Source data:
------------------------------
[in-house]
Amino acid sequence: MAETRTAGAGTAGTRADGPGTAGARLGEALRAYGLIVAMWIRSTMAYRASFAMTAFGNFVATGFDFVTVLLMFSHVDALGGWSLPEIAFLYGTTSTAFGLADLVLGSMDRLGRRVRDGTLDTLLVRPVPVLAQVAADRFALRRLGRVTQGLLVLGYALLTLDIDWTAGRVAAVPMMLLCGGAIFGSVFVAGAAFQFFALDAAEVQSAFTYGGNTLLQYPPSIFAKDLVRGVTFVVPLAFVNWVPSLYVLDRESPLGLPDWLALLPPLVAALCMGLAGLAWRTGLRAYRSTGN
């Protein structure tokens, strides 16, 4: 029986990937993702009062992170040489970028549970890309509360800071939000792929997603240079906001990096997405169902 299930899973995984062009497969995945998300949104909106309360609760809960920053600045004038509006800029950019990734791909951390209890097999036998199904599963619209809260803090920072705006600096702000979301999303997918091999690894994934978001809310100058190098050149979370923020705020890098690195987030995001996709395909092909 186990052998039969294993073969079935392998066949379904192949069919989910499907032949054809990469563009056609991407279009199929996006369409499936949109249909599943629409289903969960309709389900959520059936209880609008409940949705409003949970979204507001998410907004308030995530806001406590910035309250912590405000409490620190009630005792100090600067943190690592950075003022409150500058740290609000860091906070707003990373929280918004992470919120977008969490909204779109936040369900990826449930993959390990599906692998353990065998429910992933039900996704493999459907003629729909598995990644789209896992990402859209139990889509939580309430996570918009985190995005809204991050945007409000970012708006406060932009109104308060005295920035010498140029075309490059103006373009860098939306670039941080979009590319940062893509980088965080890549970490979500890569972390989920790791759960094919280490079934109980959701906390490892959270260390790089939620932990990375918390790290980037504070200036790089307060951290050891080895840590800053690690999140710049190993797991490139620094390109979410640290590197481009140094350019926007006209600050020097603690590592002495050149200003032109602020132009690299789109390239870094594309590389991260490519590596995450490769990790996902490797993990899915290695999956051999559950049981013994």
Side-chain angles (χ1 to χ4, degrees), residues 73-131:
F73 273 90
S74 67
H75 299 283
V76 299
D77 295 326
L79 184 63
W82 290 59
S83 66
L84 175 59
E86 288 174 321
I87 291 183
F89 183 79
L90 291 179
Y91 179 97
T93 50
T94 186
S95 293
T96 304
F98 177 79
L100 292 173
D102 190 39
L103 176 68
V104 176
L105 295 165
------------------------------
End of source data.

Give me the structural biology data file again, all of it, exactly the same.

[in-house]
Amino acid sequence: MAETRTAGAGTAGTRADGPGTAGARLGEALRAYGLIVAMWIRSTMAYRASFAMTAFGNFVATGFDFVTVLLMFSHVDALGGWSLPEIAFLYGTTSTAFGLADLVLGSMDRLGRRVRDGTLDTLLVRPVPVLAQVAADRFALRRLGRVTQGLLVLGYALLTLDIDWTAGRVAAVPMMLLCGGAIFGSVFVAGAAFQFFALDAAEVQSAFTYGGNTLLQYPPSIFAKDLVRGVTFVVPLAFVNWVPSLYVLDRESPLGLPDWLALLPPLVAALCMGLAGLAWRTGLRAYRSTGN
């Protein structure tokens, strides 16, 4: 029986990937993702009062992170040489970028549970890309509360800071939000792929997603240079906001990096997405169902 299930899973995984062009497969995945998300949104909106309360609760809960920053600045004038509006800029950019990734791909951390209890097999036998199904599963619209809260803090920072705006600096702000979301999303997918091999690894994934978001809310100058190098050149979370923020705020890098690195987030995001996709395909092909 186990052998039969294993073969079935392998066949379904192949069919989910499907032949054809990469563009056609991407279009199929996006369409499936949109249909599943629409289903969960309709389900959520059936209880609008409940949705409003949970979204507001998410907004308030995530806001406590910035309250912590405000409490620190009630005792100090600067943190690592950075003022409150500058740290609000860091906070707003990373929280918004992470919120977008969490909204779109936040369900990826449930993959390990599906692998353990065998429910992933039900996704493999459907003629729909598995990644789209896992990402859209139990889509939580309430996570918009985190995005809204991050945007409000970012708006406060932009109104308060005295920035010498140029075309490059103006373009860098939306670039941080979009590319940062893509980088965080890549970490979500890569972390989920790791759960094919280490079934109980959701906390490892959270260390790089939620932990990375918390790290980037504070200036790089307060951290050891080895840590800053690690999140710049190993797991490139620094390109979410640290590197481009140094350019926007006209600050020097603690590592002495050149200003032109602020132009690299789109390239870094594309590389991260490519590596995450490769990790996902490797993990899915290695999956051999559950049981013994």
Side-chain angles (χ1 to χ4, degrees), residues 73-131:
F73 273 90
S74 67
H75 299 283
V76 299
D77 295 326
L79 184 63
W82 290 59
S83 66
L84 175 59
E86 288 174 321
I87 291 183
F89 183 79
L90 291 179
Y91 179 97
T93 50
T94 186
S95 293
T96 304
F98 177 79
L100 292 173
D102 190 39
L103 176 68
V104 176
L105 295 165